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Umphrey’s McGee: Death by Stereo
With fourteen years and more than 1,500 live performances under their belts, Chicago’s Umphrey’s McGee are proven road warriors. Despite all of the time on tour and the hundreds of original songs in their repertoire, the sextet has only released six studio albums, the latest of which is the song-oriented Death by Stereo. By working disco-rock, blues and soul into their progressive sound, Umphrey’s McGee eschews the labels and stereotypes that have haunted the Chicago jamband over the past decade.
While most of the songs on this album have been road-tested, Death by Stereo starts off with two of the LP’s three completely new songs. The synth-driven prog/dance rave up “Miami Virtue” and the bluesy arena rocker reminiscent of a demented version of U2’s “Vertigo” called “Domino Theory,” give listeners an immediate taste of something unexpected from Umphrey’s.
Since they have played so many shows, Umphrey’s deals with the monotony of the road by constantly tweaking their approach—a topic they tackle a number of times on Death by Stereo. It’s expressed in guitar-driven “Search 4” where lead guitarist Jake Cinninger sings “sometimes we need a change before we go insane,” also “Miami Virtue,” where guitarist/vocalist Brendan Bayliss laments, “cause you’ve already seen it, you know the routine” and “Domino Theory” where Bayliss spits “you think you’ve figured out this machine, but you’re way off.”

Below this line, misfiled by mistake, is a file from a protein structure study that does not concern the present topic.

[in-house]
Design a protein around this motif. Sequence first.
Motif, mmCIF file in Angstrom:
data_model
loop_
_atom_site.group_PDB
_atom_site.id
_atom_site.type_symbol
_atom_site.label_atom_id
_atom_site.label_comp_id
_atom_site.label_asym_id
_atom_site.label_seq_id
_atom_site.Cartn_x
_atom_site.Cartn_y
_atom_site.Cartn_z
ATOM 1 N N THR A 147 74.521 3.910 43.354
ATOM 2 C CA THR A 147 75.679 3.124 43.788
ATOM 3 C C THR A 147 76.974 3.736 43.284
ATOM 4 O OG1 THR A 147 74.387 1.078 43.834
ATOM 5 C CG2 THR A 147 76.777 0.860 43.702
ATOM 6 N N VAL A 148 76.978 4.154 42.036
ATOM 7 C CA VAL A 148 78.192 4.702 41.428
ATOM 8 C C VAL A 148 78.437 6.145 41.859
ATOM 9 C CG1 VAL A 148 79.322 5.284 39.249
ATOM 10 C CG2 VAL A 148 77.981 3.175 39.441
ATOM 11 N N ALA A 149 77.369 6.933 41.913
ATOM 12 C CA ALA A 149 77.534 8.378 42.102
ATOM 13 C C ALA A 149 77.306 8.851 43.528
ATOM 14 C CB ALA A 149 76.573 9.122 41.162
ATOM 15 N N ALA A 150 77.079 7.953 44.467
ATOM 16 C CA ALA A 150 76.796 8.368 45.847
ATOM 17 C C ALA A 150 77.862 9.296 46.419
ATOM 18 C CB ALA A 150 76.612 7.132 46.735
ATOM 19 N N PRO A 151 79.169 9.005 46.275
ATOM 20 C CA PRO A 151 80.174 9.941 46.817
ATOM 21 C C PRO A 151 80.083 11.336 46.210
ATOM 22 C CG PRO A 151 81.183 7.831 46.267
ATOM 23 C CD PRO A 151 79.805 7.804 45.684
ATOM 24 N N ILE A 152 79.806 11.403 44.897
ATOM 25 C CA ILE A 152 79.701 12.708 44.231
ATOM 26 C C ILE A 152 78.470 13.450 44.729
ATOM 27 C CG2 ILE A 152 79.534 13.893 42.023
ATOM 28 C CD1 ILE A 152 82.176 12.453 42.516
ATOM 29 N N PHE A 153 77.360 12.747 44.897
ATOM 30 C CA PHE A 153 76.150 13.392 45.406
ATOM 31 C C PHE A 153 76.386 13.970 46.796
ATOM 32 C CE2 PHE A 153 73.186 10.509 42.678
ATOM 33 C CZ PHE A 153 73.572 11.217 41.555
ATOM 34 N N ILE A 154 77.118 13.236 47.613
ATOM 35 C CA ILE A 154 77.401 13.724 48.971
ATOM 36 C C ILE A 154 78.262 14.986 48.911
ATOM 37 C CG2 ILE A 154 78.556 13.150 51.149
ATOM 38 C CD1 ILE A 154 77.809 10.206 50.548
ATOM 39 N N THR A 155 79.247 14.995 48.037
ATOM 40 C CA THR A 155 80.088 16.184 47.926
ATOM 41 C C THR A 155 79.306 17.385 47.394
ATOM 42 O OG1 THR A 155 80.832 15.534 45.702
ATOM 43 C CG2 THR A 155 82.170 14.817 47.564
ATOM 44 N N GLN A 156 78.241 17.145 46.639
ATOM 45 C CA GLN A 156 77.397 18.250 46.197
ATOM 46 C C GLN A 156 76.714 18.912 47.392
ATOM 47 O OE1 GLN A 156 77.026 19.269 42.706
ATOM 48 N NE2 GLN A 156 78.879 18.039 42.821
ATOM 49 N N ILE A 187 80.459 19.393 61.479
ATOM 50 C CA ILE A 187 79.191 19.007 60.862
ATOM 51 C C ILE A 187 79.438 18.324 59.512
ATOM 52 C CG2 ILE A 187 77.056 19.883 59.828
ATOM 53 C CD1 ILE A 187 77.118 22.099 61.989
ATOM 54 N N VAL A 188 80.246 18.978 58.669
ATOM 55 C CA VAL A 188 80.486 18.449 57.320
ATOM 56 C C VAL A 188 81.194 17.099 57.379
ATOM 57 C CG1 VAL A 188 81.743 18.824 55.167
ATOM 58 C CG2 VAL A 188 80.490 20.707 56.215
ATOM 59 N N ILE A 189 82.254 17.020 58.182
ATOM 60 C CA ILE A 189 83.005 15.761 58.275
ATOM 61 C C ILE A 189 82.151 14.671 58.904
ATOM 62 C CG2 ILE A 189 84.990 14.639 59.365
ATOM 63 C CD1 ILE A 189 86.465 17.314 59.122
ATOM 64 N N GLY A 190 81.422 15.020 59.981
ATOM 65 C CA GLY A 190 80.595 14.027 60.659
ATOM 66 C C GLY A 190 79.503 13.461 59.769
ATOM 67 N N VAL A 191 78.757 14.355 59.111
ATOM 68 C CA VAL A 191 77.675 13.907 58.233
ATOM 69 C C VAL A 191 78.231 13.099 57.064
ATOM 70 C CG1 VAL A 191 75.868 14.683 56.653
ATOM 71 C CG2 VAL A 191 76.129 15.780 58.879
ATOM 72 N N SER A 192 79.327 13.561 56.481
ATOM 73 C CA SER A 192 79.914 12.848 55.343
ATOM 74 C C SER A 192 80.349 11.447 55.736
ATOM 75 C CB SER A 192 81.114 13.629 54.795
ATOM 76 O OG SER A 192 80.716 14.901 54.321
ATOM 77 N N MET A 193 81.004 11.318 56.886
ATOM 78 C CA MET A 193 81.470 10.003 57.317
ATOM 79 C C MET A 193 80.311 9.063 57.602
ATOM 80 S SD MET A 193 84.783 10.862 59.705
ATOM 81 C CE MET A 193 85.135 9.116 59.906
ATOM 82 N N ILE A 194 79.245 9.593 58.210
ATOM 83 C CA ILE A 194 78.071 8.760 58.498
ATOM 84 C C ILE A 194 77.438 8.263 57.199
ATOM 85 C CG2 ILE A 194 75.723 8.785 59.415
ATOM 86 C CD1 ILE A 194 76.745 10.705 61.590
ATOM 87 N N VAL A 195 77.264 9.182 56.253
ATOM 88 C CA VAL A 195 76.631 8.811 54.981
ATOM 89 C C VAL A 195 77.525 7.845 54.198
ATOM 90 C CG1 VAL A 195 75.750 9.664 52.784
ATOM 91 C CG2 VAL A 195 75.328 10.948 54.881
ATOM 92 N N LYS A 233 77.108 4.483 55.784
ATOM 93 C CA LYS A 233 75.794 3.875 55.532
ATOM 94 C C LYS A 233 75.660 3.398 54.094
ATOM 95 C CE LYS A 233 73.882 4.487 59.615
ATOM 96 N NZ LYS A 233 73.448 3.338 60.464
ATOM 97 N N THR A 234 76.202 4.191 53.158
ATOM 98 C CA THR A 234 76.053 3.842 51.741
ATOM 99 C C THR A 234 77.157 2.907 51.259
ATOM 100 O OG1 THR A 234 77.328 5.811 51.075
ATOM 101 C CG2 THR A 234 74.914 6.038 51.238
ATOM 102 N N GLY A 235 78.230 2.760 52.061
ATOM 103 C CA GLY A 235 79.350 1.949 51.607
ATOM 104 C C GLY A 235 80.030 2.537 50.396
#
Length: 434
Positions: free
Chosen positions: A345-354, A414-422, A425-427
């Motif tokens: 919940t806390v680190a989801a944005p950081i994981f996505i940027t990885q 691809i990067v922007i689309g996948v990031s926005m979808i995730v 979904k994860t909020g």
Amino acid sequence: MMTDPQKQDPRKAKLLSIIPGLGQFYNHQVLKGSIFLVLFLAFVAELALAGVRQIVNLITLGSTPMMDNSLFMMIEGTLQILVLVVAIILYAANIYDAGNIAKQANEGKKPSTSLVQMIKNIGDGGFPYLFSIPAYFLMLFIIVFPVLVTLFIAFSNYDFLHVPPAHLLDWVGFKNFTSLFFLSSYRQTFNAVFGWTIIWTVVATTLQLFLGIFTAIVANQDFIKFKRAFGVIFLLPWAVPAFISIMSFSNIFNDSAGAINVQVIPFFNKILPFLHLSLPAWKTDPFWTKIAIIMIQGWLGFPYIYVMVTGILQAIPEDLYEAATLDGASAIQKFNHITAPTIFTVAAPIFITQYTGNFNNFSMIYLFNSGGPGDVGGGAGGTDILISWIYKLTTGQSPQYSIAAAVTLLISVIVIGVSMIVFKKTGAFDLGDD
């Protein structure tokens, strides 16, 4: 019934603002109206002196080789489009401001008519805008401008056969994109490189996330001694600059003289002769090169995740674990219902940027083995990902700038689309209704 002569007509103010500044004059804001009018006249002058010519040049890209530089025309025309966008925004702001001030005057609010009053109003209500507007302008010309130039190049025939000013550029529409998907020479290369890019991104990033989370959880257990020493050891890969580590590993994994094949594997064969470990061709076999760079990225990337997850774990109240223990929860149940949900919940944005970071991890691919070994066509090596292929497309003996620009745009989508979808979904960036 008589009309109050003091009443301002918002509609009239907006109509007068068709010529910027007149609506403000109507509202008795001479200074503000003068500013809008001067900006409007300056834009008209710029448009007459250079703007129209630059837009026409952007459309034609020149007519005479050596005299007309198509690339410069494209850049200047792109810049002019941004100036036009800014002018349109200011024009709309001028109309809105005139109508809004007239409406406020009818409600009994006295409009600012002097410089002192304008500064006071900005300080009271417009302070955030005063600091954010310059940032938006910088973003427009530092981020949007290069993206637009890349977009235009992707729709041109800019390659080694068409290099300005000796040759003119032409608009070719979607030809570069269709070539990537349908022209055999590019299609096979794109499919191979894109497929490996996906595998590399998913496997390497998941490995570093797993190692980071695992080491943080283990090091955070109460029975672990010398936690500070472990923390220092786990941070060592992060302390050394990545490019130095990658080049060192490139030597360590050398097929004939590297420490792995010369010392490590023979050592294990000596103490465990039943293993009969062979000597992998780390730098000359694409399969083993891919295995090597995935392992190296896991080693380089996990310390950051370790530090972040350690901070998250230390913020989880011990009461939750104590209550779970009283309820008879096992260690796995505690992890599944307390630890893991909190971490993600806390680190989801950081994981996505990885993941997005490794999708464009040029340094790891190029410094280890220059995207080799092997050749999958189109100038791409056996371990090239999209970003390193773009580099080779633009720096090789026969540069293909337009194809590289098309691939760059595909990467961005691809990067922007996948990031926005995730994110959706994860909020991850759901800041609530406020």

In contrast to his predominantly instrumental role on 2009’s Mantis, Cinninger moves more toward the forefront on the soulfully driven “Deeper” and the sexy “Booth Love” as well as on “Search 4,” which ends with one of the album’s only guitar solos. The album wraps up with “Hajimemashite,” a song first played by Bayliss and bassist Ryan Stasik’s pre-UM band Tashi Station, but never released on an Umphrey’s studio album. A beautiful string arrangement and layers of acoustic guitars breathe new life into this live anthem that features majestic shredding from Cinninger and powerful vocals from Bayliss.
Umphrey’s McGee may be known for their improv-heavy live performances but that may change if they keep putting out genre-defying albums and demonstrate a willingness to evolve as they do on Death by Stereo.
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